Have you ever had a BBQ sandwich and then gone for a run immediately after it hit your belly? Of course not. Literally eating just before a run usually means figuratively running into a wall.
Yes, you need calories and carbs for energy. But not just any calories and not just any time. Where our BBQ sandwich shows the harm the wrong kinds of calories can do, the right kinds of calories (at the right time) can improve energy during exercise, help maximize a training session, and may even help reduce the muscle damage that naturally occurs during exercise.
Here are some meal plans to go along with your workout plan…
What if I only have 30 minutes before starting my workout?
This is the category most morning exercisers fall into: get up and go, when you don’t necessarily have a lot of get-up-and-go.
When there isn’t much time for digestion, the food you consume must be very simple to digest. Carbs are the go-to here: fruit, a slice of toast with honey, some liquid calories from coconut water, a couple of dates are examples of pre-workout snacks when time is limited.
Fats and protein take longer for the body to digest and require more oxygen to digest, too, which is why they aren’t ideal right before exercise.
I’m able to eat 1-2 hours before exercise. What should I have?
If you have over an hour to digest food, you should incorporate some fat and/or protein into your meal or snack.
This mix of macros provides more calories and allows the carbs to breakdown at a slow and steady rate leading into exercise (i.e., you don’t burn through all your carbs before you reach the gym).
Try adding peanut butter to your toast, combining Greek yogurt with your fruit, or grabbing a Quantum Energy Square in this time frame. All of these options provide a good base of carbohydrates with the right balance of protein and fat to get you ready for exercise. You like working out at 5 pm, after the office closes? Chow down on a Quantum at 3 pm and you’ll hit the ground running — literally —at 5 pm!
I prefer to have a meal before exercise. How long does that need to digest?
The more fat and protein present at a meal, the more time required for digestion. (Think about a big steak dinner, or a Thanksgiving meal with all the trimmings and pumpkin pie: you’re gonna need a few hours before you’re ready to roll.)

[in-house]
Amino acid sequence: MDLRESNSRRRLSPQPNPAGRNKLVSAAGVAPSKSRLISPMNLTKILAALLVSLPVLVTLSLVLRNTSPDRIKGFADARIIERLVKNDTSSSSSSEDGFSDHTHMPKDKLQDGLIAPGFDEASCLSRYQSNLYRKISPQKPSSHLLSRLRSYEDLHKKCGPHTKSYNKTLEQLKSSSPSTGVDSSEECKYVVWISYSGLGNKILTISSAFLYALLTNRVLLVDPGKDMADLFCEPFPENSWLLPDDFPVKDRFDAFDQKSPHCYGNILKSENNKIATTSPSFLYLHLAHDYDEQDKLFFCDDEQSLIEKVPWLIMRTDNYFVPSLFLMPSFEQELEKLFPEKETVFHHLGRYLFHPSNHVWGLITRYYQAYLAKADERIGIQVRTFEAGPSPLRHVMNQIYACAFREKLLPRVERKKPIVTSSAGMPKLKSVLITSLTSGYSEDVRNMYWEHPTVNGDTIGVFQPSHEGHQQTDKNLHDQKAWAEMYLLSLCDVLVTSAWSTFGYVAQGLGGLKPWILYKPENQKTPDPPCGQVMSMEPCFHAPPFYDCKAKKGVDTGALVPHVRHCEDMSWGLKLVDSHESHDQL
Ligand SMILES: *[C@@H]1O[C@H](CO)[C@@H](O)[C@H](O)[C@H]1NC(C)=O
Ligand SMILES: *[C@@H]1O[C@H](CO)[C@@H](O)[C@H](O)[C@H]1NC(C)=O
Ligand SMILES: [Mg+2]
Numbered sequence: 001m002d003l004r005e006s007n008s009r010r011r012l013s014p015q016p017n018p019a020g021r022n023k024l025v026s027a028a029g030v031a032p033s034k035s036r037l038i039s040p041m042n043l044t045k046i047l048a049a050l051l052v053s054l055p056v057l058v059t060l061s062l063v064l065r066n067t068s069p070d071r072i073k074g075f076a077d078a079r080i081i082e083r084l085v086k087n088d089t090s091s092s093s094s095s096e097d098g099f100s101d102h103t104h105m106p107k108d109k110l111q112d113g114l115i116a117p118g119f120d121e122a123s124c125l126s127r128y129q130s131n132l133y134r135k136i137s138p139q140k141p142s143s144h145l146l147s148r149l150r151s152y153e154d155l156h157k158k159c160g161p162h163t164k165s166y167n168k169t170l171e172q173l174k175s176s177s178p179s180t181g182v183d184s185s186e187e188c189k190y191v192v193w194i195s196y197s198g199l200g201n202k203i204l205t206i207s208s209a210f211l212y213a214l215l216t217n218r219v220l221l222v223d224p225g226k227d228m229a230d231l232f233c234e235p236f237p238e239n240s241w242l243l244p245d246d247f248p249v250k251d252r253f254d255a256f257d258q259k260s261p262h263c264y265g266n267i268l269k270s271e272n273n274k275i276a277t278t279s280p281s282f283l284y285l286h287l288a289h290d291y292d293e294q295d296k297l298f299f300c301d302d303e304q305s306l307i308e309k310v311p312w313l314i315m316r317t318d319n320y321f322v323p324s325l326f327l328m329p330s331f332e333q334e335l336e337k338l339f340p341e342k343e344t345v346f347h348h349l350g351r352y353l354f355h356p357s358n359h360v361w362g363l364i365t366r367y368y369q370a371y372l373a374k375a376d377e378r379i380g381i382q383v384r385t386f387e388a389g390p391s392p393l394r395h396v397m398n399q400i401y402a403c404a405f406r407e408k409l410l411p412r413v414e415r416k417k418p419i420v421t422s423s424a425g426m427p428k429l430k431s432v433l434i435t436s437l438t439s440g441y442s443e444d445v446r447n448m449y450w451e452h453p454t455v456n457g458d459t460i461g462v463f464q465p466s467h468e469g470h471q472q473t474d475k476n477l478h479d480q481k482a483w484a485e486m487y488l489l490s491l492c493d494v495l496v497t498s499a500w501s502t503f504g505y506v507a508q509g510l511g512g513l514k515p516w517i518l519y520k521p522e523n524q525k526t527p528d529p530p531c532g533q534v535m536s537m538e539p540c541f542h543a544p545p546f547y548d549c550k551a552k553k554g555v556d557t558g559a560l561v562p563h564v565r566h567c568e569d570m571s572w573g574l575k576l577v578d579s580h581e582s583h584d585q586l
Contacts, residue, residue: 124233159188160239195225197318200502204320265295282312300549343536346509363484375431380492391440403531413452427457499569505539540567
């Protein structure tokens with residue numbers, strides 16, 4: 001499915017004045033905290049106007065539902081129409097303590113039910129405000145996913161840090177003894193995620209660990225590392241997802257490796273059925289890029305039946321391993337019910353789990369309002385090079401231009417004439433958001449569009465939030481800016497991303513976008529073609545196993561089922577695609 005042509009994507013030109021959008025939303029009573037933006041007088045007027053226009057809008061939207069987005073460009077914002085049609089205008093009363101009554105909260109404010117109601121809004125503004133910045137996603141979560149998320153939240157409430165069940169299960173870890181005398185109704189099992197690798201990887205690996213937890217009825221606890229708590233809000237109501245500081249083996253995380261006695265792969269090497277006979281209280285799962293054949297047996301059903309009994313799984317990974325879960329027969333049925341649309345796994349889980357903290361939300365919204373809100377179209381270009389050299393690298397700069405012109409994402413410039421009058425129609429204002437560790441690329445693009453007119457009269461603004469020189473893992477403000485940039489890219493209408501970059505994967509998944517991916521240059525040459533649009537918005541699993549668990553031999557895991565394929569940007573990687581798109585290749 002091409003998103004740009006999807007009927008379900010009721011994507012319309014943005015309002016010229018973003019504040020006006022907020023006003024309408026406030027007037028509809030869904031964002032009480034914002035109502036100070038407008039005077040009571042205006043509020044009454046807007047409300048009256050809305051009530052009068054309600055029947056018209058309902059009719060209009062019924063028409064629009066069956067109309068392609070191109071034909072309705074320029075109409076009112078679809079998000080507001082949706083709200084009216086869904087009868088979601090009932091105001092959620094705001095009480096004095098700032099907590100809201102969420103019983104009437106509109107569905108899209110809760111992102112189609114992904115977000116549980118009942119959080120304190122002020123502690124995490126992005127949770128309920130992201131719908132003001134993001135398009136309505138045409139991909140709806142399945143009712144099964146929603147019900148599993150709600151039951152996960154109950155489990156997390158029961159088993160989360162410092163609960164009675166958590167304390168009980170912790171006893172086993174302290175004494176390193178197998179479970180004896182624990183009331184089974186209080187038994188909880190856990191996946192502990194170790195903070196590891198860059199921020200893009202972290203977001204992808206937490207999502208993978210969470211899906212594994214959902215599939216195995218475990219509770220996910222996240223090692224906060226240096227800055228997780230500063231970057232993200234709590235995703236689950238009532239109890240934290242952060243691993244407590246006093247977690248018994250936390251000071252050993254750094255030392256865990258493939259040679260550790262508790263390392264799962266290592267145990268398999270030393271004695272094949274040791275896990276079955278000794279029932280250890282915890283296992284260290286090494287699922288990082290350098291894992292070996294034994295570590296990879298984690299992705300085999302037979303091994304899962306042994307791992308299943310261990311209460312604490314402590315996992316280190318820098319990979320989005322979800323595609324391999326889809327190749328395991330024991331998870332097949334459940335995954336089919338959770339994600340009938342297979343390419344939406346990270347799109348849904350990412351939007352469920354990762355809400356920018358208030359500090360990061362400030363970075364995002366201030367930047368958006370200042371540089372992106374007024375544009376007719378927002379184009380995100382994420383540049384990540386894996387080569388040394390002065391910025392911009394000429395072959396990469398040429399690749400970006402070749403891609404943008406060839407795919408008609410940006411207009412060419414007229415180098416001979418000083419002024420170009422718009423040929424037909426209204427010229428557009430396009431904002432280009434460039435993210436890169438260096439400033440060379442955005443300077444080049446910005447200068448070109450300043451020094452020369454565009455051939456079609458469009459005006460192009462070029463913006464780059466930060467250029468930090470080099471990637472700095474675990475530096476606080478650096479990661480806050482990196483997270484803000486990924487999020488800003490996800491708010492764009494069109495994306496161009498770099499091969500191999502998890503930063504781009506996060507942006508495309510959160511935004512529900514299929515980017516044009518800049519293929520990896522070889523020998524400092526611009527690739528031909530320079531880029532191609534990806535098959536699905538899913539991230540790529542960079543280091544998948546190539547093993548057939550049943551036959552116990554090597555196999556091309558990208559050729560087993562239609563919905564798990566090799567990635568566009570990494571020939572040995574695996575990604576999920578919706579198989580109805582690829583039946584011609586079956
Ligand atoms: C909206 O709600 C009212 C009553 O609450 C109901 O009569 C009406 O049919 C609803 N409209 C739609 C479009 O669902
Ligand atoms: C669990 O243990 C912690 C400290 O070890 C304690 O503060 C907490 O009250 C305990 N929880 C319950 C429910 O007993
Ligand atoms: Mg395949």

A full meal that contains larger portions of carbs, fats and protein should be enjoyed about 3 hours prior to exercise.
If you’re a mid-morning or mid-afternoon exerciser, your breakfast or lunch meal would be the fuel for your exercise. And if three hours is too long to go, then eat a Quantum Energy Square as a snack about a half-hour before your workout. The nutrients and caffeine will add to the nutrients from your breakfast or lunch, and give you a boost of slow-burn energy, too.
It’s always about getting the balance right: the right amount of macros in the food you eat, the right amount of time to ensure your digestive process is on track get the most from those macros in every workout.
Your fueling strategy may look different day-to-day depending on your training schedule, so just make sure to plan ahead and think through the timing that will work best for you and help you get the most out of your exercise.
About the Author: Kelsey Hampton MS, CSSD, RDN, LD
Kelsey is a Texas-based dietitian who specializes in sports nutrition. As an athlete herself, Kelsey has a strong interest in how nutrition can influence all areas of sports performance and works with clients to help them use nutrition to optimize their training, racing and health. In addition to working in private practice with active individuals of all types and ages, Kelsey is also a professor of Nutrition at Southern Methodist University in Dallas and works with many of the student athletes on a 1:1 basis. Kelsey is a former collegiate swimmer who now runs and lifts weights for exercise, and enjoys cooking and creating new recipes.